LOUISVILLE, Ky. — When summer comes to a close there are many checklists -- parents have school supplies lists and teachers have to-do lists all to prepare for the school doors to open.
The administration at Anchorage Independent School added another item to their school safety checklist: Testing for radon. This summer, the school added two mitigation systems to correct failing radon test scores.
WHAT IS RADON?
Radon is a radioactive gas and the second leading cause of lung cancer because you can't see it, you can't taste it, you can't smell. Radon gas can an invisible killer for those breathing it over time.
The Environmental Protection Agency estimates 21,000 Americans die annually from radon-induced lung cancer, including people who have quit smoking or never smoked.
Much of Kentuckiana is a danger zone -- EPA maps indicate the average level of radon could be at the 'action level' of 4.0 picocuries per liter.
The type of soil and rock in this area makes it particularly prone to high radon potential. Limestone and shale are prevalent in our area and according to Bethany Overfield, University of Kentucky Geological Survey Research Geologist.
"Outside it [radon] just dissipates and doesn't cause any harm really but when it's inside, when it gets trapped in a building, that's when we breathe it in and it causes damage to the cells," Dr. Ellen Hahn explains. She is part of the University of Kentucky BREATHE Research Team and College of Nursing and College of Public Health.
When we breathe in radon gas, particles get stuck in soft lung tissue-damaging cell DNA and that is what ultimately causes cancer.
TESTING IN SCHOOLS
A 4.0 is a perfect grade but on a radon test, a 4.0 is warning sign warranting action, according to the Environmental Protection Agency.
"Four picocuries being exposed to that level of radon is the equivalent of smoking a half a pack of cigarettes per day or getting up every day and Monday through Friday for your full CT scan every day," Kyle Holyman, Protect Environmental Managing Partner told us. "Billy is smoking eight to ten to twelve cigarettes a day just by being in that classroom."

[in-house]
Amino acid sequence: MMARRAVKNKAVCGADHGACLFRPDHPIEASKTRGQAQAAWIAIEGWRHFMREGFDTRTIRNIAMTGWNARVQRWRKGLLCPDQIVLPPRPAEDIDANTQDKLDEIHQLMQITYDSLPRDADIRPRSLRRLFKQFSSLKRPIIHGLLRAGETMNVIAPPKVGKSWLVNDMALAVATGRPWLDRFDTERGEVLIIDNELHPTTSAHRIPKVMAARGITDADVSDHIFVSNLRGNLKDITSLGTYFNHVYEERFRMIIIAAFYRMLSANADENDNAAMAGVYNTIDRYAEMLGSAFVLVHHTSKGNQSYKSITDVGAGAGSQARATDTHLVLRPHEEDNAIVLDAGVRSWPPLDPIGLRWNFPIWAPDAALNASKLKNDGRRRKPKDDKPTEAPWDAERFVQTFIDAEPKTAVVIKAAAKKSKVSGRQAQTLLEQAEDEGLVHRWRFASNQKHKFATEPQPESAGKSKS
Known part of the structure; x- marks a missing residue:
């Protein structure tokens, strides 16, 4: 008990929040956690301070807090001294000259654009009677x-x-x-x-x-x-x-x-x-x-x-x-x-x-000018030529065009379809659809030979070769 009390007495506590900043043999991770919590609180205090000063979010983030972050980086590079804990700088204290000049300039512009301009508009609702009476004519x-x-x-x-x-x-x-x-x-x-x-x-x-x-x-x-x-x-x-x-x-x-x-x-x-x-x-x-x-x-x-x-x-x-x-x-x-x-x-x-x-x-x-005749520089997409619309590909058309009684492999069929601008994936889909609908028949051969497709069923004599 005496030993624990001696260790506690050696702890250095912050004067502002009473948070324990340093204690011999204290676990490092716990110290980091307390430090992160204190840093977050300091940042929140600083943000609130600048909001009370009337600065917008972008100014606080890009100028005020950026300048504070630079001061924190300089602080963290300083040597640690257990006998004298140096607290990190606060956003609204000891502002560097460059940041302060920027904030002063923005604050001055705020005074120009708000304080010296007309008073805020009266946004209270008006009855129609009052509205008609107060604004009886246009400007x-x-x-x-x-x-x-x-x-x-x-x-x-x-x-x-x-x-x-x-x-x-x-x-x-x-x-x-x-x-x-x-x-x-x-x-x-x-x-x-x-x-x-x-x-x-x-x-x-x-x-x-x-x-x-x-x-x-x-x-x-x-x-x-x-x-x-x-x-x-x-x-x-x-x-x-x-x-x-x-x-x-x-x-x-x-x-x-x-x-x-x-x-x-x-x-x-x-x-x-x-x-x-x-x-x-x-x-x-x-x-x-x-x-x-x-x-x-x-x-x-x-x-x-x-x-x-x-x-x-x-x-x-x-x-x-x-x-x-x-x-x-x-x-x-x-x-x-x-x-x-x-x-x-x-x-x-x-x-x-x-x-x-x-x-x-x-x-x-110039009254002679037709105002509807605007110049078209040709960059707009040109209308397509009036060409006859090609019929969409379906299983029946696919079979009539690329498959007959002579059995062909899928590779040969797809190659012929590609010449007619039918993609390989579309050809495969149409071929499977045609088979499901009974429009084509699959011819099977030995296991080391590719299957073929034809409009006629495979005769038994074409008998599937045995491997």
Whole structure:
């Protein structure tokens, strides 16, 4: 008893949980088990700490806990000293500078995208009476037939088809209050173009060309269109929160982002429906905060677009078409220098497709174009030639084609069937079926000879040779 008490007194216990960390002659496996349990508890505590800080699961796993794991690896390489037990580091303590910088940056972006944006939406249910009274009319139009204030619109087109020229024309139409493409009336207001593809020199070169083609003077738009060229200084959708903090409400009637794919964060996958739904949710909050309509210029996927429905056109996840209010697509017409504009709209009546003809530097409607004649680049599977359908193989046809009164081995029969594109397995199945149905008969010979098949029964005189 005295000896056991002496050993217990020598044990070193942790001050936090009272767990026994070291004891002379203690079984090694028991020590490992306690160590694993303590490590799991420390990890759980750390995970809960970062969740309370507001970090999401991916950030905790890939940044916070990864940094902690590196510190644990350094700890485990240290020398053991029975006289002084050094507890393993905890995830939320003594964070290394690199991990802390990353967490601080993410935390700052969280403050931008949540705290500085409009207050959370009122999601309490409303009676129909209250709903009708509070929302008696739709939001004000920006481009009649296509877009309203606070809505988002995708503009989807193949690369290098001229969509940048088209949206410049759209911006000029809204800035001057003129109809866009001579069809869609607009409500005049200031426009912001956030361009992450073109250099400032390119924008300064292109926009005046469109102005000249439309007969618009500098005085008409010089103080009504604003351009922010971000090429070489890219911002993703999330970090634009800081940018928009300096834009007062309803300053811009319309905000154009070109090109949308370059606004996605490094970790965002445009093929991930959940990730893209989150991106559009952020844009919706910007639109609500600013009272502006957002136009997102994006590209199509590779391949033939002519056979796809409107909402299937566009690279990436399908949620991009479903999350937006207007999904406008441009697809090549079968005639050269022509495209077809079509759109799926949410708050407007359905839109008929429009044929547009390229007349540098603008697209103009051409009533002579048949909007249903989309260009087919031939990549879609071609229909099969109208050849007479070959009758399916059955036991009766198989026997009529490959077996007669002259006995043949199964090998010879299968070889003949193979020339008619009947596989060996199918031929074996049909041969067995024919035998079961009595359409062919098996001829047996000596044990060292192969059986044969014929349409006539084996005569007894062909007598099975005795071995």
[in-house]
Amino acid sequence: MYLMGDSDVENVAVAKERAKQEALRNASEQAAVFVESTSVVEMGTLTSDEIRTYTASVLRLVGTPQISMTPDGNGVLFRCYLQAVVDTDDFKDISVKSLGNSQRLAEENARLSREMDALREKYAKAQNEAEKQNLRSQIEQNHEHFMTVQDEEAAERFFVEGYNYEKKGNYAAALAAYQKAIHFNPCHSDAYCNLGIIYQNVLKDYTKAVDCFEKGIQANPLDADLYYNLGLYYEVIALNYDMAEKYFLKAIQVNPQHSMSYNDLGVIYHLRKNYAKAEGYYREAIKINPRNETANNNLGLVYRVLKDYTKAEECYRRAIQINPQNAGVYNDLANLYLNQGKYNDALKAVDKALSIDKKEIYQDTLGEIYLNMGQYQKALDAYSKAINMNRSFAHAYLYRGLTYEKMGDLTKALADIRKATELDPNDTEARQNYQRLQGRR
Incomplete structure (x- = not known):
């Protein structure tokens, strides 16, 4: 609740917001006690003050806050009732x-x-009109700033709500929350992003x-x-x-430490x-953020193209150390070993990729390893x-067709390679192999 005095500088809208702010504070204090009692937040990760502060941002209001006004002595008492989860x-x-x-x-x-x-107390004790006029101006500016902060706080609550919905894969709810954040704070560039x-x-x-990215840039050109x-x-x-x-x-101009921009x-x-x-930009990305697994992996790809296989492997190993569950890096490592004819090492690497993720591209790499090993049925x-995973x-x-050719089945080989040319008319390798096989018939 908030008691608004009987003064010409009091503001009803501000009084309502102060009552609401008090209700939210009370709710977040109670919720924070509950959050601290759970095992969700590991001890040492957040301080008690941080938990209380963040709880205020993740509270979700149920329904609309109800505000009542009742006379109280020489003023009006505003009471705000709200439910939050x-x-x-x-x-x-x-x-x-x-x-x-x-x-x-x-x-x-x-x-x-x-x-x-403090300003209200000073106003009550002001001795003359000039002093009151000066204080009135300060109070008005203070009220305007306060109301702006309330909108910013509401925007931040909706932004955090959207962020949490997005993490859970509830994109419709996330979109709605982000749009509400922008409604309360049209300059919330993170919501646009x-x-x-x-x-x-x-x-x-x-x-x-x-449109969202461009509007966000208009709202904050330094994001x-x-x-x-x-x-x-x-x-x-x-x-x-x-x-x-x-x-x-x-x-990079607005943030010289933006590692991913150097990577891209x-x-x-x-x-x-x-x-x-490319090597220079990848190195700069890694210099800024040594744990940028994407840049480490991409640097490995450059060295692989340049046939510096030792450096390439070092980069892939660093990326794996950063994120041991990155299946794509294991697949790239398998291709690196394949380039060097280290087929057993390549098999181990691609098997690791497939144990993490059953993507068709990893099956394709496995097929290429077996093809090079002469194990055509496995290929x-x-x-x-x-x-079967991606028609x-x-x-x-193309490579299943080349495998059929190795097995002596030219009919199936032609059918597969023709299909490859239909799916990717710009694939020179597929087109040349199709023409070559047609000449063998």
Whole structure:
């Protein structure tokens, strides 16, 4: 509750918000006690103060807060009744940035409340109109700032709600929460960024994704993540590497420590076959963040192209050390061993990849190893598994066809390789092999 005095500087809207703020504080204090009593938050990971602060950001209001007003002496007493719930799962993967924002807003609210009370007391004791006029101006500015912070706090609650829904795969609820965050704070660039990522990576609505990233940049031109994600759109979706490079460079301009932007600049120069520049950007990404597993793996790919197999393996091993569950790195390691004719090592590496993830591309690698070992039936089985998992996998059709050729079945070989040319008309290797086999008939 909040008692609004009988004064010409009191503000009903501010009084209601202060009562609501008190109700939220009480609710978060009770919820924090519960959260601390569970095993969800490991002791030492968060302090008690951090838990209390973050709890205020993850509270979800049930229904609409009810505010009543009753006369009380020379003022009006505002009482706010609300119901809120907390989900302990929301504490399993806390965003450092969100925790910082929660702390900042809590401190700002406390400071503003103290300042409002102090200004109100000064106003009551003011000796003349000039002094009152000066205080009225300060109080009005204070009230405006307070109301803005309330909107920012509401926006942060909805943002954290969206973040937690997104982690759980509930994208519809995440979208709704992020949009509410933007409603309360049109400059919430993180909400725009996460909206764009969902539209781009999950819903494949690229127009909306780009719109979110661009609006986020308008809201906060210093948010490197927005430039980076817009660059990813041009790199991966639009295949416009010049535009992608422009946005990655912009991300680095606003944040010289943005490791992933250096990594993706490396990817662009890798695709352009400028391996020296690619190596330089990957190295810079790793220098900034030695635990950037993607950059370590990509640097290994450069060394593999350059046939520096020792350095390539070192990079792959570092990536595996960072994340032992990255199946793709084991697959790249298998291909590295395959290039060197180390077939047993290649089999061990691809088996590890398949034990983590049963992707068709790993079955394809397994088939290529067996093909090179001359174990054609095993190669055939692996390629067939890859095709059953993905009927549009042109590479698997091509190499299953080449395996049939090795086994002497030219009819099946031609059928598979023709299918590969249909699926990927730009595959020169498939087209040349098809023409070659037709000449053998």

Anchorage Independent Schools started testing in 2016 and they continue to test and retest.
"We've decided we're going to test every single classroom and space in our building," Anchorage Superintendent Kelley Ransdell told us. "We also took some additional steps to install new lids and seals on our three sump pumps systems."
Anchorage Independent School is self-imposing even stricter standards. "Any space that has ever tested 2.0 or above we're going to do a year-long test in that space," Ransdell explained.
They would have never known staff and students were exposed to potentially dangerous levels of radon gas unless they tested.
That is why in 2018 we wanted to see how other school districts in our area scored.
FOCUS INVESTIGATION FINDINGS
In 2018, we asked twenty school districts in Kentucky and Indiana if they had any record of radon testing. Only five districts found records of testing, some had only tested a few rooms and some had not tested in decades. After we started asking questions, two Indiana school districts started testing.
You can find our full report from 2018 here.
After our initial report, we wanted to circle back around with the districts to see if they were doing anything differently a year later. Since we started asking questions, five Southern Indiana districts that had never tested now had radon on the radar.
- New Albany Floyd County Consolidated School
- Lanesville Community Schools
- South Harrison County Community Schools
- Southwestern Jefferson County Consolidated Schools
- West Washington School Corporation